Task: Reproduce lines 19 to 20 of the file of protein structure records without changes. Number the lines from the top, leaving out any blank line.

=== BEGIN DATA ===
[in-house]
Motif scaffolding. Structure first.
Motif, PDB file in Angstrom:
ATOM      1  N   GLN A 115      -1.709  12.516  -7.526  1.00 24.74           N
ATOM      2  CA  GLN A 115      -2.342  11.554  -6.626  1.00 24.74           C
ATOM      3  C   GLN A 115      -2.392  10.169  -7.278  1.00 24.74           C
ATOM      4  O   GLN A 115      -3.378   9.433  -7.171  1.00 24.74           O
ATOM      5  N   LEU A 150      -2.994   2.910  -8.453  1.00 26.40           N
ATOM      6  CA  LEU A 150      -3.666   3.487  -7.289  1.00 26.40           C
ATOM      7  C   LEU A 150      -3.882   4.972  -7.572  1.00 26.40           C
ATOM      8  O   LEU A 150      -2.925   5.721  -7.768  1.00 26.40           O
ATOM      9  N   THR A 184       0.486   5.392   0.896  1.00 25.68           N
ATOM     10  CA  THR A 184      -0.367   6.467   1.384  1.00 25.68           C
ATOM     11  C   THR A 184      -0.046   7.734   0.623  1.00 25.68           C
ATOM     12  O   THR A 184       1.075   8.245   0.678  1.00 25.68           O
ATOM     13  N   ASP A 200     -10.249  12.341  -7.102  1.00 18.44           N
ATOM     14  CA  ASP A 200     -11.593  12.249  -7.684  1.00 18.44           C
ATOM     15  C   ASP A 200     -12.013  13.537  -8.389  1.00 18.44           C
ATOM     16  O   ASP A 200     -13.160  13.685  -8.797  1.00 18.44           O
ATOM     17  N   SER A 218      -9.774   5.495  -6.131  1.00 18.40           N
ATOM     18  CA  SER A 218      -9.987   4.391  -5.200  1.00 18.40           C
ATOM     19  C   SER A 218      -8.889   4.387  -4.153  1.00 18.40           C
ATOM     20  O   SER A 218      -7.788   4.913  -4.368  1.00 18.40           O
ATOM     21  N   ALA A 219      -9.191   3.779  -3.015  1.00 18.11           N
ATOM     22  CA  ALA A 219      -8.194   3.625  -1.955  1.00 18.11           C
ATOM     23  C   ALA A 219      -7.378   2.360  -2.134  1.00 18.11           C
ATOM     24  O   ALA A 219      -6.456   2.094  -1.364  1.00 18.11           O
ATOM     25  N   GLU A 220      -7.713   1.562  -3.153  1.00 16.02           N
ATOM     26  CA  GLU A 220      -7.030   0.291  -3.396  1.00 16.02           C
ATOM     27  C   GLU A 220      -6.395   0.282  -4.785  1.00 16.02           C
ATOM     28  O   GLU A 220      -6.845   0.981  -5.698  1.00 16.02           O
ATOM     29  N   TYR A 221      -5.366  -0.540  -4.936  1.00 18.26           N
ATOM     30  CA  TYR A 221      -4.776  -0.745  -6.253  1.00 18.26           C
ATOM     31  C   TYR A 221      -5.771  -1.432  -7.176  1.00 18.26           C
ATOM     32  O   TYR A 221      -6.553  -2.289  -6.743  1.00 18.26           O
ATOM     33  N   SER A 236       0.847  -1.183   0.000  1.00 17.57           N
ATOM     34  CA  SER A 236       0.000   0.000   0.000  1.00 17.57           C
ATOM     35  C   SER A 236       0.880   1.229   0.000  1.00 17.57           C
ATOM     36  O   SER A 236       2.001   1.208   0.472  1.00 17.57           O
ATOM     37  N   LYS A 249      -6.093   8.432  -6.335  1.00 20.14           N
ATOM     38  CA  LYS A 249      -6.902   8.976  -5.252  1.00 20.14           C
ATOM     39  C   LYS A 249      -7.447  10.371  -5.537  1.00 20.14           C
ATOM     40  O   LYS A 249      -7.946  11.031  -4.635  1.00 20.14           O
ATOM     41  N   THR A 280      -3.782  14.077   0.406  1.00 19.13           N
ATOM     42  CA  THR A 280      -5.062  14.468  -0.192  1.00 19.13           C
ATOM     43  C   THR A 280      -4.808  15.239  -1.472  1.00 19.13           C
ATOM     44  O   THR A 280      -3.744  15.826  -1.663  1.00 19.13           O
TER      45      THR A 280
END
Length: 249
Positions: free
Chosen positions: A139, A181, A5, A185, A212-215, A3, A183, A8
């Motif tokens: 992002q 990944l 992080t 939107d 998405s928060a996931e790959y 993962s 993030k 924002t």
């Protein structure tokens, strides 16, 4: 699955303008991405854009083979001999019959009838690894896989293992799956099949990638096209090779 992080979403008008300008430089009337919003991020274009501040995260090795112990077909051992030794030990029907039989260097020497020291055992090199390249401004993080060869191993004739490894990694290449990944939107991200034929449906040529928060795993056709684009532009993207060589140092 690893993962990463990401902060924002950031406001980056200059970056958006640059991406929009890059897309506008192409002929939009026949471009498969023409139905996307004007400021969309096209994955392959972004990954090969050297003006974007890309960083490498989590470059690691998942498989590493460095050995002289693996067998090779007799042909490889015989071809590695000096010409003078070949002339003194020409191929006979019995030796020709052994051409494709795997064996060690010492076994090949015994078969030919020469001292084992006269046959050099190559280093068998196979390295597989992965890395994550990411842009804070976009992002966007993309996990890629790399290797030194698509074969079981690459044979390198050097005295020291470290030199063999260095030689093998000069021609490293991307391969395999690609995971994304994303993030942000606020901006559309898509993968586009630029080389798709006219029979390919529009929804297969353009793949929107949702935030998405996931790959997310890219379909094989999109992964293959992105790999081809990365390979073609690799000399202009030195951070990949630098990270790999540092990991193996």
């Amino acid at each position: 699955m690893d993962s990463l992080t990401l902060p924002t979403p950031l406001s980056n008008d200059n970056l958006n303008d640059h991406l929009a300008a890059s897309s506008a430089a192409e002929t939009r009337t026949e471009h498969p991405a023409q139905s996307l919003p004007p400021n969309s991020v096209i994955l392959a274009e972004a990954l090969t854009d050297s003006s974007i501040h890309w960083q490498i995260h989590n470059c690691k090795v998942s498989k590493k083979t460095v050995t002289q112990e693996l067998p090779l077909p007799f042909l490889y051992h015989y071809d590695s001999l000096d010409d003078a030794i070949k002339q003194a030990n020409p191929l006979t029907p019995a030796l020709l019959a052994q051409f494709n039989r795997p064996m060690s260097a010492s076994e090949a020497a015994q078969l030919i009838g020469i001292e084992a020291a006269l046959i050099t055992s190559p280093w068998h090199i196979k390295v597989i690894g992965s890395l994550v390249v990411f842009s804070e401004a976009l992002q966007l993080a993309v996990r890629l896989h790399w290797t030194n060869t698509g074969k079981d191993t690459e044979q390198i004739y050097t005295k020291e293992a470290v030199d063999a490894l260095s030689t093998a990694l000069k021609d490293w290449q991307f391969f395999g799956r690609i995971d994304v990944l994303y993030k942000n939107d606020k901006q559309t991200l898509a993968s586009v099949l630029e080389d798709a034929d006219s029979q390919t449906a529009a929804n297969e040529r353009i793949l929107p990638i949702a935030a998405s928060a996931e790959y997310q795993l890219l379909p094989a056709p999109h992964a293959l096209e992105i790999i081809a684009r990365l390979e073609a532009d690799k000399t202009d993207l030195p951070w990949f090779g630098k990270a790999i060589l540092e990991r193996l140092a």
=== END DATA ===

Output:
ATOM     16  O   ASP A 200     -13.160  13.685  -8.797  1.00 18.44           O
ATOM     17  N   SER A 218      -9.774   5.495  -6.131  1.00 18.40           N